So instead of the terminal tackle on the lure is just on the end of your line, no big deal then! Well, maybe to some really picky technical fisherman this won’t work. For me, this is ideal. It may take away a little action on the lure and cause me to not catch a few fish. I’m really ok with that because this one little piece of terminal tackle does one thing, it gives me more time on the water, with the little time I get. That is the most important part of all this, maximizing your time on the water.
I will say that my fishing partner has got hooked on using these things as well. He only brings two rods with us fishing and now he LOVES these little things. We recently fished the lower Susquehanna River on the northern Chesapeake Bay. We were both swapping out lures to see what was biting. Fish an area, then switch things up, both bass below were as a result of quickly changing lures.
Not all things can be good, and there are a couple of downsides to using these help pieces of terminal tackle. First, they are a little hard to figure out and get used to because of size, and this might cause some distress to those anglers. So the first thing is just getting used to these things, once you do that, you are Go To Go! Second, some eyelets and lure attachments are either too small or just don’t work. I few jigs I tried, didn’t work because the eyelet was too small. Also, a bent arm spinnerbait for example, will also not work because now the clip will slide up and down the arm of the spinnerbait, which is no good. Lastly, and this was kind of a fluke, but I got my brand new $15 Picasso Lures FX Shock Blade wrapped around a try. While pulling on the line to free it, the pressure from being wrapped up must have open the arms of the Norman Speed Clip, and then it happened. In Slooooow motion, my FX Shock Blade floated off the end of the line and plopped in the water, SAD L. Also the Norman speed clips are a little tricky so with big fingers, cold hands or gloves they are difficult. Also to note are baits that require the angler in inpart an action on a lure to make it do something, like a jerkbait, spook, spoon, etc. These baits and do to the jerking motion tended to get hung up between the split ring and the snap. If you want to stick with the snaps on everything you use, some modification will need to be done, like removing the split ring and attaching the snap directly to the eye of the lure.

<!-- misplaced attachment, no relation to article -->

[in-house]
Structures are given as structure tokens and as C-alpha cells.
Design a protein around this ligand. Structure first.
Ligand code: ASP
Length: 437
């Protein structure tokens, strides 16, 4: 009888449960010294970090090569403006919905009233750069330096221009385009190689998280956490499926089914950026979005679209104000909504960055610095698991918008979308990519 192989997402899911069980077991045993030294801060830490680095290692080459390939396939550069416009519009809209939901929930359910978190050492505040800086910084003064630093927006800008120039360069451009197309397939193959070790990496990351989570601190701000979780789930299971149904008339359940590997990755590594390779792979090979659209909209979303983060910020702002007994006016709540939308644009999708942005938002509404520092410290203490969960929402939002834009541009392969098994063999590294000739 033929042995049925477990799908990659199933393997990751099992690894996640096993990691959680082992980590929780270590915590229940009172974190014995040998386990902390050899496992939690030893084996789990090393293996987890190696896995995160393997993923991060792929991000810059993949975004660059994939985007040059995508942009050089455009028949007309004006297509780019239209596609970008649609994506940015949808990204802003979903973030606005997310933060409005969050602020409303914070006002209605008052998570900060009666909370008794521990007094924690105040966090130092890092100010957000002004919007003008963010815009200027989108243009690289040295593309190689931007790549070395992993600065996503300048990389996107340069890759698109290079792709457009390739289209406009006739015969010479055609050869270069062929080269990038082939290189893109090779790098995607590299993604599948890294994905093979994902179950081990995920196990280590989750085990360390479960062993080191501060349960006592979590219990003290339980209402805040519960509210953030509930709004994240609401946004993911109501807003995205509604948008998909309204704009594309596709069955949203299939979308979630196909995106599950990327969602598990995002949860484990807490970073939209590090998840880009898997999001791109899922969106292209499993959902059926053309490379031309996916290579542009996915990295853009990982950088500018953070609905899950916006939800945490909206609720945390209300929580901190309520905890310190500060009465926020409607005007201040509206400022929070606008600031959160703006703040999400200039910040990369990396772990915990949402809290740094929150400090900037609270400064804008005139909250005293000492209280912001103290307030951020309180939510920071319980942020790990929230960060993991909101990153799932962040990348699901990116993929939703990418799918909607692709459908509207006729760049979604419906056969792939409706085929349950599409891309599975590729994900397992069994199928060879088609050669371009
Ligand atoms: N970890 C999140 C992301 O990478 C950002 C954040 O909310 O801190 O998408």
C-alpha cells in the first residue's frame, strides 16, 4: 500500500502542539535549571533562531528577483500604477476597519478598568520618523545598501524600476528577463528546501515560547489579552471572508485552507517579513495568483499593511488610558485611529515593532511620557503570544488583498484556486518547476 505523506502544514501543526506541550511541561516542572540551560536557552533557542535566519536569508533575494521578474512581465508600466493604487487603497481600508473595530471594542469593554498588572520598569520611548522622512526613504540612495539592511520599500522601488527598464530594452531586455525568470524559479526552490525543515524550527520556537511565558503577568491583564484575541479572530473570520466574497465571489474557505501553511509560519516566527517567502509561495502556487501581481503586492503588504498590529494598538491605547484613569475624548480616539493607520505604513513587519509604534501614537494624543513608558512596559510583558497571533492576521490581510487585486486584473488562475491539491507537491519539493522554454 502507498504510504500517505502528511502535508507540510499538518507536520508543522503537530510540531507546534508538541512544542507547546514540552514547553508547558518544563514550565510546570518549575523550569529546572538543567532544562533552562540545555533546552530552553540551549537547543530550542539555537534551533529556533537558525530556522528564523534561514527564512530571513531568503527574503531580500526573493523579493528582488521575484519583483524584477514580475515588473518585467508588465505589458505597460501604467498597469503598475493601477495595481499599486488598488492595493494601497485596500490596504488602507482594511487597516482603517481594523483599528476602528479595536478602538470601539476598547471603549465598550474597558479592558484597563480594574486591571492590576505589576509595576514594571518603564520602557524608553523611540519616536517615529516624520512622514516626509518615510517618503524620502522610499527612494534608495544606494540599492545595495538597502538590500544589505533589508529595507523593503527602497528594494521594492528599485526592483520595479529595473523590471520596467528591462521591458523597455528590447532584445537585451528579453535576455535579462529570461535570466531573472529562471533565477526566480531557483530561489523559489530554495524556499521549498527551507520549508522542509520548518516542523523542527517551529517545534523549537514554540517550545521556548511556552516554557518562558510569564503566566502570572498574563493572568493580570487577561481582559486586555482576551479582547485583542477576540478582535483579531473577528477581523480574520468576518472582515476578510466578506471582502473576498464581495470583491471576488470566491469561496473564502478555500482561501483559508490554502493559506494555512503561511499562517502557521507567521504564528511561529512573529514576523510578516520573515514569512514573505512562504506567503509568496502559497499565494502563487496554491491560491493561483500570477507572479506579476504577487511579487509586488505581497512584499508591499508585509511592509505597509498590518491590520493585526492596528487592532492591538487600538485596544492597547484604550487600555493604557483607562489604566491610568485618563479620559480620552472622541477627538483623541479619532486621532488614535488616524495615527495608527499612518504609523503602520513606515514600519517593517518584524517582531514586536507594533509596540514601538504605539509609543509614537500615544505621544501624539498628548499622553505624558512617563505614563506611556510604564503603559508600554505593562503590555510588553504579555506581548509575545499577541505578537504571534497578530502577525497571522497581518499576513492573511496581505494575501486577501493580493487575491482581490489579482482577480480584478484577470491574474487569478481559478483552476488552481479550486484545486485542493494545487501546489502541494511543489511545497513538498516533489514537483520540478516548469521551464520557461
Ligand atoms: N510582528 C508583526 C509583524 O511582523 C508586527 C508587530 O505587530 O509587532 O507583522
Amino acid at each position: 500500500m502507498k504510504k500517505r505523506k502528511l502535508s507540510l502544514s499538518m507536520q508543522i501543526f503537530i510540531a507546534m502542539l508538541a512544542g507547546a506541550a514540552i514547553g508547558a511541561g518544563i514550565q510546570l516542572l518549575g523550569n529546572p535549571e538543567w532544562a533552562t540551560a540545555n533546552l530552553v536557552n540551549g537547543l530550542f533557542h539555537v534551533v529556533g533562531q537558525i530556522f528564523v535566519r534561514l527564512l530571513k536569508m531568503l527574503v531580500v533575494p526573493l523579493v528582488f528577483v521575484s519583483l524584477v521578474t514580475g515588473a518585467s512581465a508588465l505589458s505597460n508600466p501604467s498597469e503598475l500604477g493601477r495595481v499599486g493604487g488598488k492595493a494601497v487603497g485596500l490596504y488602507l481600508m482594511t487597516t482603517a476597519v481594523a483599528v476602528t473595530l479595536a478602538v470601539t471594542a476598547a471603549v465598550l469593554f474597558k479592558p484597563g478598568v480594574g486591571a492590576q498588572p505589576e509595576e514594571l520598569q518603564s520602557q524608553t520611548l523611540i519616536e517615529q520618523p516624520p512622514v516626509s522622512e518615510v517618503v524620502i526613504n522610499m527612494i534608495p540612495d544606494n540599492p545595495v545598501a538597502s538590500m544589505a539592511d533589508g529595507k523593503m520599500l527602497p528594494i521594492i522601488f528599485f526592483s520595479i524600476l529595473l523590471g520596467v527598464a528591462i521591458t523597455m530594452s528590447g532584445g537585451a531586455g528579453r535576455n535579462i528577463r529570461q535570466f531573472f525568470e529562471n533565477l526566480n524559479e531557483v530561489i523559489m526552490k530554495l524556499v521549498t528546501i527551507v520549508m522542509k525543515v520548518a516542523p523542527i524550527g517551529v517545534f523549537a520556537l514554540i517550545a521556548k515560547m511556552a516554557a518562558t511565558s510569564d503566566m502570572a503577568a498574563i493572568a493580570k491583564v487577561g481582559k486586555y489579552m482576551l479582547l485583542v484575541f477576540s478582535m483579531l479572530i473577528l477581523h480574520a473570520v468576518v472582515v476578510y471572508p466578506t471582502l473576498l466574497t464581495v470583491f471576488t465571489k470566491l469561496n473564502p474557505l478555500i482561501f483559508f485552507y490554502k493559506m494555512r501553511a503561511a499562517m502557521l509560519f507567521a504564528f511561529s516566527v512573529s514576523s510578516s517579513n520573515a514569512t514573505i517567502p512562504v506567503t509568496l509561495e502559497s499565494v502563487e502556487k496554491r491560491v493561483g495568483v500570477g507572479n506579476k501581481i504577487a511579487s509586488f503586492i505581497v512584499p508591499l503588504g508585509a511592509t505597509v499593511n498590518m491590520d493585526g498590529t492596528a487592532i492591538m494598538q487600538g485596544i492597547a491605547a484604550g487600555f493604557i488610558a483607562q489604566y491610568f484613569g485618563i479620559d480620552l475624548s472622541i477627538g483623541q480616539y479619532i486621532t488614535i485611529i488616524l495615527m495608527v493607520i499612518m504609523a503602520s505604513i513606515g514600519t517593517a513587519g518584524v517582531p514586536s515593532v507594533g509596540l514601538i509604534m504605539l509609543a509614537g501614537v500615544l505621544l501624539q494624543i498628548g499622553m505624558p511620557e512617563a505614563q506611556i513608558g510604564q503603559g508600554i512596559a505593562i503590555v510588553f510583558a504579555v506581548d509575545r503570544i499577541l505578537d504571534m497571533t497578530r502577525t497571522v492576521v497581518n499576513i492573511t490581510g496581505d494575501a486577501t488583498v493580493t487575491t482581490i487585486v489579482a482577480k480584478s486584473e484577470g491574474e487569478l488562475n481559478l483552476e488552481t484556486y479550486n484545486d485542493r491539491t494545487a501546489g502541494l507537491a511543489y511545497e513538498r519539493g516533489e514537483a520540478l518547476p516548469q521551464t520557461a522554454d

Over a period of a month I’ve had the opportunity to try other clips that I have found mostly at the local Bass Pro, and this is due to the Quick Shot Snap being sold out and the results have generally been the same with all the competitors
My ultimate recommendation would be to go with the Bass Pro Shops Offshore Angler Quick Shot Snap, has a slight break-in period to loosen up and worked the best for all types of lures. For smaller lures my choice would be the No-Knot Fas-Snap, it is a little smaller but perfect for tiny jigs or flies.
In the end, whatever you want to tie onto or not, is totally up to you! I hope this maybe makes you think of how to help make things more productive on the water the next time that you are out fishing! If you have any questions or comments, I want to hear from you.
Joe, The National Angler